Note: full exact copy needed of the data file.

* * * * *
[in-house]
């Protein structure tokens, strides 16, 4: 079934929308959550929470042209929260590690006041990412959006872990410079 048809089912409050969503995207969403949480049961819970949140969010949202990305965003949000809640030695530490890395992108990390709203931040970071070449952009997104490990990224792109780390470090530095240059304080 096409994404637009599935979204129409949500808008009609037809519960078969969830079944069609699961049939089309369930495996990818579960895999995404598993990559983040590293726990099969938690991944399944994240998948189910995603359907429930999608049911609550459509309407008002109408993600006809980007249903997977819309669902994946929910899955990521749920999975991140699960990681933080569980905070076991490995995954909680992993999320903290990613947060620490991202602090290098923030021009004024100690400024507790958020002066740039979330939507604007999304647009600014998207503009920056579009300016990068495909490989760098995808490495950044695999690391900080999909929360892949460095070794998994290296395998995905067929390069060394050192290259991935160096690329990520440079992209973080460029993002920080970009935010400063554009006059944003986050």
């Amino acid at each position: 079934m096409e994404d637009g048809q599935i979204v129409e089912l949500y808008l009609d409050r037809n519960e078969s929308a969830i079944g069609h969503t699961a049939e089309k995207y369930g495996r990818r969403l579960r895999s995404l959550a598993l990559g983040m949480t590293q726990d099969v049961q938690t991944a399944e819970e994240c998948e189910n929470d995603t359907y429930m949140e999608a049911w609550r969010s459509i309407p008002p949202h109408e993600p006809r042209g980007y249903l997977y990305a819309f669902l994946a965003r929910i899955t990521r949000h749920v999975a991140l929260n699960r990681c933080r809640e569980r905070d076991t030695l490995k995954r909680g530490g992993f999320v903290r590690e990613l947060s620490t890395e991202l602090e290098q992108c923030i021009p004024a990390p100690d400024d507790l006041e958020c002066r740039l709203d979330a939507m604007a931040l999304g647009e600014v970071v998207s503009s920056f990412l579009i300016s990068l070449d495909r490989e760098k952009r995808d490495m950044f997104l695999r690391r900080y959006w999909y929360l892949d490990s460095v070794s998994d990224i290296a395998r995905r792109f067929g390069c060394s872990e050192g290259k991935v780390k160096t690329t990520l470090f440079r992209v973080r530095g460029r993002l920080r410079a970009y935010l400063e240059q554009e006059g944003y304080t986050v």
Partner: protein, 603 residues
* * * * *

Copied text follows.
[in-house]
């Protein structure tokens, strides 16, 4: 079934929308959550929470042209929260590690006041990412959006872990410079 048809089912409050969503995207969403949480049961819970949140969010949202990305965003949000809640030695530490890395992108990390709203931040970071070449952009997104490990990224792109780390470090530095240059304080 096409994404637009599935979204129409949500808008009609037809519960078969969830079944069609699961049939089309369930495996990818579960895999995404598993990559983040590293726990099969938690991944399944994240998948189910995603359907429930999608049911609550459509309407008002109408993600006809980007249903997977819309669902994946929910899955990521749920999975991140699960990681933080569980905070076991490995995954909680992993999320903290990613947060620490991202602090290098923030021009004024100690400024507790958020002066740039979330939507604007999304647009600014998207503009920056579009300016990068495909490989760098995808490495950044695999690391900080999909929360892949460095070794998994290296395998995905067929390069060394050192290259991935160096690329990520440079992209973080460029993002920080970009935010400063554009006059944003986050």
């Amino acid at each position: 079934m096409e994404d637009g048809q599935i979204v129409e089912l949500y808008l009609d409050r037809n519960e078969s929308a969830i079944g069609h969503t699961a049939e089309k995207y369930g495996r990818r969403l579960r895999s995404l959550a598993l990559g983040m949480t590293q726990d099969v049961q938690t991944a399944e819970e994240c998948e189910n929470d995603t359907y429930m949140e999608a049911w609550r969010s459509i309407p008002p949202h109408e993600p006809r042209g980007y249903l997977y990305a819309f669902l994946a965003r929910i899955t990521r949000h749920v999975a991140l929260n699960r990681c933080r809640e569980r905070d076991t030695l490995k995954r909680g530490g992993f999320v903290r590690e990613l947060s620490t890395e991202l602090e290098q992108c923030i021009p004024a990390p100690d400024d507790l006041e958020c002066r740039l709203d979330a939507m604007a931040l999304g647009e600014v970071v998207s503009s920056f990412l579009i300016s990068l070449d495909r490989e760098k952009r995808d490495m950044f997104l695999r690391r900080y959006w999909y929360l892949d490990s460095v070794s998994d990224i290296a395998r995905r792109f067929g390069c060394s872990e050192g290259k991935v780390k160096t690329t990520l470090f440079r992209v973080r530095g460029r993002l920080r410079a970009y935010l400063e240059q554009e006059g944003y304080t986050v």
Partner: protein, 603 residues